Here’s my secret: I am not an independentista. I am a Liberationist. Liberation – the “Let my people go!” of the Book of Exodus – is as much about the liberation of the nation as it is about the liberation of society and the family as it is about the liberation of the person. Scottish independence, then, for me, is as much a cause of national liberation as it is a cause for the liberation of everyone in Scotland from the constitutional, social, and economic conditions that keep us in chains – and we are in chains; for some these are the fetters of poverty and for others they are the bonds of indifference.
Let me be clear, I don’t hate Mrs Windsor. I couldn’t care less about her. She has plenty of people to worry about the perfect weave and thread-count of her toilet silk. She doesn’t need me to like or dislike her. So, I’m indifferent to her and her entire family. But I loath her entitled Christmas Day intrusion. I despise the institution of the monarchy. It makes me sick to my stomach. This is the one part of Christmas Day that reminds me that I’m not the Christian I ought to be, but, then, the Christian that I am compels me to speak out against her arrogance. It’s a balancing act.
Many influential Brexiteers will be able to offset any negative effects of Brexit with their savings, shares, bonds, inheritances, and work expenses. This will be possible, of course, because their wealth has already been off-shored. Their wealth, under the protection of wealth management firms, is far away making money off of the backs of exploited workers, child labourers, and in some cases from arms sales in conflict zones and even from slavery. No matter how tough Brexit gets in the UK, people like Philip and Theresa May, Jacob Rees-Mogg, and Boris Johnson will be fine.
Too many people in the UK seem incapable or unwilling to accept that all of this is a deliberate attack on ordinary people, a series of policies directed at soaking the wealth of society from the bottom to the top. Those who have died of starvation have died as the result of a policy which sees their deaths as nothing more that collateral damage. These same policies think just as little of the rest of us. Even how they speak of people – thinking here of Iain Duncan Smith’s “low value people” – betrays their vicious and avaricious contempt for human beings.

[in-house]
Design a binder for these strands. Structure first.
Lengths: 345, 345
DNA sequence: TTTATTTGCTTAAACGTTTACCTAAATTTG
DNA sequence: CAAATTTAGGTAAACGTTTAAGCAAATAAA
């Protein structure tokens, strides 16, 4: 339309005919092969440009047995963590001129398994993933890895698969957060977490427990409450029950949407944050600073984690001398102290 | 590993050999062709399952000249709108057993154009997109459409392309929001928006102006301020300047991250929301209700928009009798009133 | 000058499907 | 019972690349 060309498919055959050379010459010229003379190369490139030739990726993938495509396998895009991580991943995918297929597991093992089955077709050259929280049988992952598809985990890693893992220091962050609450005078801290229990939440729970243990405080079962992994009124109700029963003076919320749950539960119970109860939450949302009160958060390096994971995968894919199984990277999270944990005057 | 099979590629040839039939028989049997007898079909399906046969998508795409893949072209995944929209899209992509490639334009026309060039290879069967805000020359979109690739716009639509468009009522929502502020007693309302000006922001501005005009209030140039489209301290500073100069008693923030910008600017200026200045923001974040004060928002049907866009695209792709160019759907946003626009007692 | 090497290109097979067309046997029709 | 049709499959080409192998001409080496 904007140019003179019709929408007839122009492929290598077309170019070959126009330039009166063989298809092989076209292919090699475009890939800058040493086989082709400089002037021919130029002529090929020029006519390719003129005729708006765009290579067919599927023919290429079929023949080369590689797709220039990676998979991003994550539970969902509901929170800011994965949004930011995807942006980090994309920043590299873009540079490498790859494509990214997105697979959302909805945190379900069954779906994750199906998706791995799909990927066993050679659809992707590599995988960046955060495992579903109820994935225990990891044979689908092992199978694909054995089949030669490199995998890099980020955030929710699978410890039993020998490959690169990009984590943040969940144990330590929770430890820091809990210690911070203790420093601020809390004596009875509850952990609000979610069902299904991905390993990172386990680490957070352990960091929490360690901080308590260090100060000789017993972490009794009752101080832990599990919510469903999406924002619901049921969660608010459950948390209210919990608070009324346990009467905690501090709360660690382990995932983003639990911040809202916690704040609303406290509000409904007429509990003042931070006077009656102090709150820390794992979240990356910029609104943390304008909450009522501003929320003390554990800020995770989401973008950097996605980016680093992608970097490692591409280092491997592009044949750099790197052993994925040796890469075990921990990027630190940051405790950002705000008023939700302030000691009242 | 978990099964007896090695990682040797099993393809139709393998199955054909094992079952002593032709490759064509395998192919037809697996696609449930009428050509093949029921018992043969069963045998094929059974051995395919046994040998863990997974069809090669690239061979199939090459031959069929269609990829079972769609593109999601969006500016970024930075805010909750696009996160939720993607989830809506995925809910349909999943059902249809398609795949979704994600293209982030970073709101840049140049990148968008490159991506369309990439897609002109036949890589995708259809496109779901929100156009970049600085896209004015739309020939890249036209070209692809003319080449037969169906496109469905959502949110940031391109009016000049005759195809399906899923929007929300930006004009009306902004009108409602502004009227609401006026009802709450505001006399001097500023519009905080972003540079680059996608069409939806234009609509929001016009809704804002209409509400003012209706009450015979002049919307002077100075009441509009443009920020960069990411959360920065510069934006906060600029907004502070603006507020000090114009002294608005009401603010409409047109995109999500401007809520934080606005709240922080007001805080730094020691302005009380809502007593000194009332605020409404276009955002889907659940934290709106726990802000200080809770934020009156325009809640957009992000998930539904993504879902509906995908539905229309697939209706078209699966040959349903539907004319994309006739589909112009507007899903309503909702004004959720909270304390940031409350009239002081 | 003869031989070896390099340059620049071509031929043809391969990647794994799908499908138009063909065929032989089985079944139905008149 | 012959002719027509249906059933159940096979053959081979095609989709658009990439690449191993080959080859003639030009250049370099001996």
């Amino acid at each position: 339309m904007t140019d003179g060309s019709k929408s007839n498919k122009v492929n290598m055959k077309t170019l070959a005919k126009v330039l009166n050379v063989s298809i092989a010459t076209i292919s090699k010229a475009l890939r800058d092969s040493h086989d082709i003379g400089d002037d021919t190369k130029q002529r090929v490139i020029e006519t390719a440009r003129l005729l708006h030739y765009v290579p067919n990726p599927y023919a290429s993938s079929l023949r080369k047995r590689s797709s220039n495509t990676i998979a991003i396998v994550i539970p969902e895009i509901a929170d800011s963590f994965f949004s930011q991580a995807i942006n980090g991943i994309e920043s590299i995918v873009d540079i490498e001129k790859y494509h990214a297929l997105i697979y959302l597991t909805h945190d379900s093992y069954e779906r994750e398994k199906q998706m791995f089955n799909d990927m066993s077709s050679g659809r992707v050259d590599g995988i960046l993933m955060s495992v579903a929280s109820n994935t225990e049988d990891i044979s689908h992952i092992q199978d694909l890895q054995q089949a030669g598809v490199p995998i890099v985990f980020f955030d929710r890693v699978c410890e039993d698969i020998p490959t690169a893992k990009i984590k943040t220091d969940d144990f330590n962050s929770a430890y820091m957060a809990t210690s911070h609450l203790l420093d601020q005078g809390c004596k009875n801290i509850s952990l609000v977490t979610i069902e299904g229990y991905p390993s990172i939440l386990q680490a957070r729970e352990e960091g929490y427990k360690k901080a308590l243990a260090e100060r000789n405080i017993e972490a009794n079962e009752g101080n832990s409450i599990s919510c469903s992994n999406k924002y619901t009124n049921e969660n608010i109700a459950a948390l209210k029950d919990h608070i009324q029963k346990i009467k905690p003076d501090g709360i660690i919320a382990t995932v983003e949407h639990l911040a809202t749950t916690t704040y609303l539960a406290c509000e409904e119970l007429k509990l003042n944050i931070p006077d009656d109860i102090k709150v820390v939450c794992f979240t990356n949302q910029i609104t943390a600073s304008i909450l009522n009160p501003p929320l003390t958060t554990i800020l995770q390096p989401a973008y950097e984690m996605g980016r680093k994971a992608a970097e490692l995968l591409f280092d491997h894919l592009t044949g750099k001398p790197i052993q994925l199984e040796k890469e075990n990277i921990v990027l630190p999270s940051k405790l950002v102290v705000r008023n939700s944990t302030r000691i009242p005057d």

The object lesson here is that we are not powerless in our democracy. We do not need permission to act to safeguard the rights of others and the rights of our nation. In a democracy we elect – as free people – to delegate our power (that’s sovereign power in Scotland) to our chosen representatives. Nowhere does this delegation of sovereign power imply that we have given away our power. We have simply lent it, and we can just as simply take it back.
The purpose of austerity is to so completely and utterly destroy the ability of ordinary working people to resist the advancement of this government’s neoliberal ambitions. It is where class war gears up into total war; an all-out war of annihilation on the poor by the rich. It is designed and executed in such a fashion so as to fracture the bonds of society, weaken community and class solidarity, break the family, and crush the individual. Brexit – the British establishment’s hoped for break from European regulations – can only make the scope of austerity more far reaching.
It gets worse for unionism, however, with individual unionists clutching at straws in their efforts to delegitimise the independence movement’s grievances and invent their own. Examples of this abound, and we are well familiar with them: The claim that the Scottish government’s baby boxes will only result in the incineration of our wee bundles of joy, that Scottish infrastructural investment – lauded everywhere else in the world – is here nothing but a “vanity project,” and that independence will only hasten an invasion by space aliens (yes, they said this).
Gaining statehood, therefore, must not be seen as the end of the independence project. Independence is a process that begins in dependence and continues on to the very end of the life of the state. The problems we have now under British rule will for the most part remain after independence, with the only real difference being that we ourselves will have the freedom to provide Scottish solutions to Scottish problems – and the adversary then will be the same as we have now: International capitalism, neoliberalism, and the limitless avarice of the globalised plutocracy they have birthed.